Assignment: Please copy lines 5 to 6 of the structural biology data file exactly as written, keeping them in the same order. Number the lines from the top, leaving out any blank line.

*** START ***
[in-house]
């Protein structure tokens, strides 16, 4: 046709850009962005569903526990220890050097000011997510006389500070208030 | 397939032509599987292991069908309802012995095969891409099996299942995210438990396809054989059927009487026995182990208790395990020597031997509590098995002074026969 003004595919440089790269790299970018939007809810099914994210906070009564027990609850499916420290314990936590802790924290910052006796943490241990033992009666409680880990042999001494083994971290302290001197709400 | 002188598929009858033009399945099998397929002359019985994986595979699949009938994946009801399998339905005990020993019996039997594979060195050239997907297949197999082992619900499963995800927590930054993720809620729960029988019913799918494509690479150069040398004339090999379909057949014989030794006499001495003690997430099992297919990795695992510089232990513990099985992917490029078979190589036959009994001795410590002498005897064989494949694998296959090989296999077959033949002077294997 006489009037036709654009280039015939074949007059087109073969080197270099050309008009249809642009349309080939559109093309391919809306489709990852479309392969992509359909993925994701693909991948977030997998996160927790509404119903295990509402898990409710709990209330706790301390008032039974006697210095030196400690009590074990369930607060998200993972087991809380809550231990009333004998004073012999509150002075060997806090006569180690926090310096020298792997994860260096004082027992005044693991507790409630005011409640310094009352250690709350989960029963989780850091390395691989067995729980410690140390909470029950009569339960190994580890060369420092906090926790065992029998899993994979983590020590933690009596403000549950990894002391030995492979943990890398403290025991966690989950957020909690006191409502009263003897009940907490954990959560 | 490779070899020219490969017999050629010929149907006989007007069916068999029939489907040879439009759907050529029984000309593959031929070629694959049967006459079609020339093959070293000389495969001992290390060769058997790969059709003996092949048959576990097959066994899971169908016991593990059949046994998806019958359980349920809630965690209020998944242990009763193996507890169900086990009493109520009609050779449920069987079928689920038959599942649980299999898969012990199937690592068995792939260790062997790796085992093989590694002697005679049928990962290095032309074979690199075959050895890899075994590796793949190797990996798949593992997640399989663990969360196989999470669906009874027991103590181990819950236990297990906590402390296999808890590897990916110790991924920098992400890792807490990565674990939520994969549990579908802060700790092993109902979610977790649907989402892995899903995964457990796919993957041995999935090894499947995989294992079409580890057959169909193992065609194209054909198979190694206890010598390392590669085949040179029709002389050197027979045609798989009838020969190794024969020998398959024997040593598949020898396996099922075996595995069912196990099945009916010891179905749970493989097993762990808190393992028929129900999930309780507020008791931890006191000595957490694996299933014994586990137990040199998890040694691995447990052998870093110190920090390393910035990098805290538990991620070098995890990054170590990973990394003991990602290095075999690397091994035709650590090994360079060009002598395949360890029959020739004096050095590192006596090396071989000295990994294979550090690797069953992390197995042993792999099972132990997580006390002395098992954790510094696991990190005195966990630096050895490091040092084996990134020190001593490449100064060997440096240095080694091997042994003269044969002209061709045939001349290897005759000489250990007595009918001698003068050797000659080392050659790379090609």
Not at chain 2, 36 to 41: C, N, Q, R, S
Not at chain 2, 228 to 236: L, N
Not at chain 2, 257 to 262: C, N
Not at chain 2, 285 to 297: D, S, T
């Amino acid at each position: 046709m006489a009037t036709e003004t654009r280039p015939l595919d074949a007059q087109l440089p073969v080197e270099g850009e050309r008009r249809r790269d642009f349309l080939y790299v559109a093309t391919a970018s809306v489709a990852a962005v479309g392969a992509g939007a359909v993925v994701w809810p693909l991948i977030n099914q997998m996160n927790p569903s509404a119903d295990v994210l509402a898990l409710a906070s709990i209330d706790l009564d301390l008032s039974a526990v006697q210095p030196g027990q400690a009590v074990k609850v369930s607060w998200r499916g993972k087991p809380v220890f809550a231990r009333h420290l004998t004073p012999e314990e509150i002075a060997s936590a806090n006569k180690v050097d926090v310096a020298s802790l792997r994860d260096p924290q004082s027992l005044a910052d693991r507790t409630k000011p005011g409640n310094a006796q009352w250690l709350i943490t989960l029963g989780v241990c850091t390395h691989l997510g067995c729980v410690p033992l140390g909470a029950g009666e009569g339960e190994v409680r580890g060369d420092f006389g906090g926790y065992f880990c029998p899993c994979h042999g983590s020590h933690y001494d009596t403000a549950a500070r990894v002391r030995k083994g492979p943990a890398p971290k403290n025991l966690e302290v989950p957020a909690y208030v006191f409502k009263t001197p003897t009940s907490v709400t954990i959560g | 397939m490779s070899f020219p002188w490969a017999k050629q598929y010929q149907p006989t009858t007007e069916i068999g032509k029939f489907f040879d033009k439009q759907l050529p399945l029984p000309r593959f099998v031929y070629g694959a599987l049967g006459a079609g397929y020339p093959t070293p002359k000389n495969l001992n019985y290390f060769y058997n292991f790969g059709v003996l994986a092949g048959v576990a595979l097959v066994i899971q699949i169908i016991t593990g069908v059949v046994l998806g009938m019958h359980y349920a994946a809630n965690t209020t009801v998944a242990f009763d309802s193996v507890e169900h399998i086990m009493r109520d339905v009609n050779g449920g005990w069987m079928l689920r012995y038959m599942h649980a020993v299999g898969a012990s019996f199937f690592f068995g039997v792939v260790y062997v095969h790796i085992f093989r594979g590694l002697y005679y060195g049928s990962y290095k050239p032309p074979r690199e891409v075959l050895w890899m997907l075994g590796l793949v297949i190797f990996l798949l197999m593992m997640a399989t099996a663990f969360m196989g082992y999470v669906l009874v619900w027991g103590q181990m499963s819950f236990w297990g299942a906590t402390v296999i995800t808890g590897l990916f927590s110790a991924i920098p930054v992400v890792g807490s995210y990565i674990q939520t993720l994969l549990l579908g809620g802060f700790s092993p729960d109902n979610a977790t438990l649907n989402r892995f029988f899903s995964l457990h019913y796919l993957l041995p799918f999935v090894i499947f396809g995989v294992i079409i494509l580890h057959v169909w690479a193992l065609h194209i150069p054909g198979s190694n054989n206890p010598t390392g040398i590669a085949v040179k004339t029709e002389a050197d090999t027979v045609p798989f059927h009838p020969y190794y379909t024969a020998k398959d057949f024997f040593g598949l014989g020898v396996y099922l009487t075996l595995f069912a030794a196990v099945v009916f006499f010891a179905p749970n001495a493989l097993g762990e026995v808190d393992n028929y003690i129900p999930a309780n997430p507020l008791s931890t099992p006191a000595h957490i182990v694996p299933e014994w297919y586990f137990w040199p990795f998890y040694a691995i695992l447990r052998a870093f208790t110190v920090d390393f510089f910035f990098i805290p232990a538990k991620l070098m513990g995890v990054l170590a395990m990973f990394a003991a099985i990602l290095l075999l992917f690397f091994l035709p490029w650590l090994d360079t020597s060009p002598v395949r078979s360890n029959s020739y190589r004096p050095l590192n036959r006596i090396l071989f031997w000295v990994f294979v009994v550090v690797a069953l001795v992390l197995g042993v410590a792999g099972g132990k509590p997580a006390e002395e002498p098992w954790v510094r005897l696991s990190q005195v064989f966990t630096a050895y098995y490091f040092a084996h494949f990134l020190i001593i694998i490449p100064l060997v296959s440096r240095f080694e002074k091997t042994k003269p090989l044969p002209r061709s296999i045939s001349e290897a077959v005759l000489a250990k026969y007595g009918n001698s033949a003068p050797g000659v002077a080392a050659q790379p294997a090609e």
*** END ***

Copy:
Not at chain 2, 257 to 262: C, N
Not at chain 2, 285 to 297: D, S, T